And they’re always black and white, which helps brand the label. You recognize an ECM album when you see one, and you’re ready to believe that it’s an outstandingly artistic production, in every respect, including the music.
Finally, Naīve, a French label commenters not surprisingly have mentioned. It’s worth visiting their website, to see how fine design pervades it, how CD covers arouse (the precisely right word!) interest in their recordings, even if now we don’t shop for CDs in stores, and might not even buy them. And how — here, for instance — even what might seem like straightforward classical releases come alive in their graphics.
From the many Naīve CDs I might choose, here’s one (on the outer edge of their array of styles) from their ongoing Vivaldi series:
Whoa! you might say. What could this have to do with good old classical Vivaldi? But Vivaldi’s music was flamboyant in its day. Flashy! Theatrical! In William Weber’s striking book, The Rise of Musical Classics in Eighteenth-Century England: A Study in Canon, Ritual, and Ideology, I’ve read about old-guard English connoisseurs, with Corelli as their musical touchstone, thought Vivaldi’s music signalled the end of civilization.
So it’s not crazy to crown a Vivaldi recording, in our age, with an image radical for us. And this one seems doubly appropriate, because (at least to me), it’s woodsy, evoking trees, moss, shadows. And the bassoon has a wood-like tone.
Here, to conclude, are two CD covers from Naīve’s Vivaldi opera series:
Whoa again! How could these images — which, someone might say, belong on the outer edge of fashion photography — relate to Baroque opera?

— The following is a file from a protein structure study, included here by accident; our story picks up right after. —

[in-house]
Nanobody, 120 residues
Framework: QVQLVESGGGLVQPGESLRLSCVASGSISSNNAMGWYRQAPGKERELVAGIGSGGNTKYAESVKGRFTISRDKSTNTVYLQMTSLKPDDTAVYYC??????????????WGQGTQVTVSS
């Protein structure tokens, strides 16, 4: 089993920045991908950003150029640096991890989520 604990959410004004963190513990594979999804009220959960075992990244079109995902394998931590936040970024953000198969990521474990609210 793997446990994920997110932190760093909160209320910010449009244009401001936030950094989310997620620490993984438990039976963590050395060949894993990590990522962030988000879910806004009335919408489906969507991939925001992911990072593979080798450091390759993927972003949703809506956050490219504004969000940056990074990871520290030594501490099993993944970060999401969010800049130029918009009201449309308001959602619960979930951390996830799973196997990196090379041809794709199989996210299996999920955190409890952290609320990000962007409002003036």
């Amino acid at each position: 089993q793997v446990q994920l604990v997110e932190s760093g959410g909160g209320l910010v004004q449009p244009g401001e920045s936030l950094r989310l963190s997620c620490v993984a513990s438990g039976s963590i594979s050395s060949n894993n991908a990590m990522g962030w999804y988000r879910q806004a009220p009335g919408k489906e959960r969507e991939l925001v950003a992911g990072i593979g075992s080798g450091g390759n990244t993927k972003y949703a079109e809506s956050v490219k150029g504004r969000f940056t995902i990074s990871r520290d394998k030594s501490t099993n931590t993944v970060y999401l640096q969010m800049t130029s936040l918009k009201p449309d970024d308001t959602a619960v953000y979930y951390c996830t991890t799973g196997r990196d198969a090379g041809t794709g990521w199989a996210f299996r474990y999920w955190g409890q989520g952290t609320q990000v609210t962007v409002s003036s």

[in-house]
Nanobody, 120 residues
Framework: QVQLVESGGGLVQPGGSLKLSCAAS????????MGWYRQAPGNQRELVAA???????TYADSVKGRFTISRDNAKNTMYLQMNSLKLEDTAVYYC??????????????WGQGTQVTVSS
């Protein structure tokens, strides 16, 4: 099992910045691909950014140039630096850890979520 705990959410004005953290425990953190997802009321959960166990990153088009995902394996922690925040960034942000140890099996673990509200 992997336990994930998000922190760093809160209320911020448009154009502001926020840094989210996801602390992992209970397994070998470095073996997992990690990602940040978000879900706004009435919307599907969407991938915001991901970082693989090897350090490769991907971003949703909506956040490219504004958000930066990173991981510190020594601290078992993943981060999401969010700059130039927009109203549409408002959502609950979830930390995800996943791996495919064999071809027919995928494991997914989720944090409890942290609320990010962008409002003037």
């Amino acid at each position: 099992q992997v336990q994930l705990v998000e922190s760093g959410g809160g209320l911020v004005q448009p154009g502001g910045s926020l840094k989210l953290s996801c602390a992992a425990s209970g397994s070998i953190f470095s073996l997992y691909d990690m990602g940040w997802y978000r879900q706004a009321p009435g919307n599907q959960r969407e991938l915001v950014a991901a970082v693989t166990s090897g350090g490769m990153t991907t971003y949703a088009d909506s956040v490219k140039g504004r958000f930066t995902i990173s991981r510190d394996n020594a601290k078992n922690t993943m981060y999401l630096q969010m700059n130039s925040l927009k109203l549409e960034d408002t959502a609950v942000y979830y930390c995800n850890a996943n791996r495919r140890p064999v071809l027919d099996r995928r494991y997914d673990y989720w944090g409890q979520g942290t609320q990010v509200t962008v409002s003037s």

One reason for the disbelief might be the idea that Baroque music is serious, and that Baroque opera is very un-flashy, because of the stately succession of da capo arias.
But that’s a misunderstanding. The very word Baroque means flashy. Or, as Wikipedia defines it, it’s a “period of artistic style that used exaggerated motion and clear, easily interpreted detail to produce drama, tension, exuberance, and grandeur.” That’s in every realm of art, from architecture to music.
And the da capo arias, rather than coming off as stately, when they were the rage, instead were insanely flamboyant, with extravagantly costumed singers transforming the repeat of the A section into a fairyland of ornaments, in which any trace of the original melody could barely be heard.
On top of that, Baroque opera was wildly sexual, because its stars were castrati, many of whom had extravagant — Baroque — sex lives. They were superstars. And those that weren’t gay were not just appealing lovers for aristocratic women, but safe ones, because they couldn’t get anyone pregnant.
Add to that the flamboyant lives and dress of the prima donnas, and the sexual tension in the audience, as men and women went from box to box, conducting flirtations and affairs in public.
All of which would be redoubled in a Vivaldi opera, because Vivaldi himself — at the time of his life when he toured around Italy, leading his operas — was a walking scandal. He was a priest who never said mass. That in itself was scandalous. And on top of that, he lived with not one, but two young women, one of whom often sang the leading women’s role in his operas. People in the 18th century drew the same conclusions we might.
And so a Vivaldi opera performance — with Vivaldi playing his violin with insane virtuosity, and his presumed lover Anna Girò, lavishly dressed, singing his extravagant music on the stage — was a scandal on parade.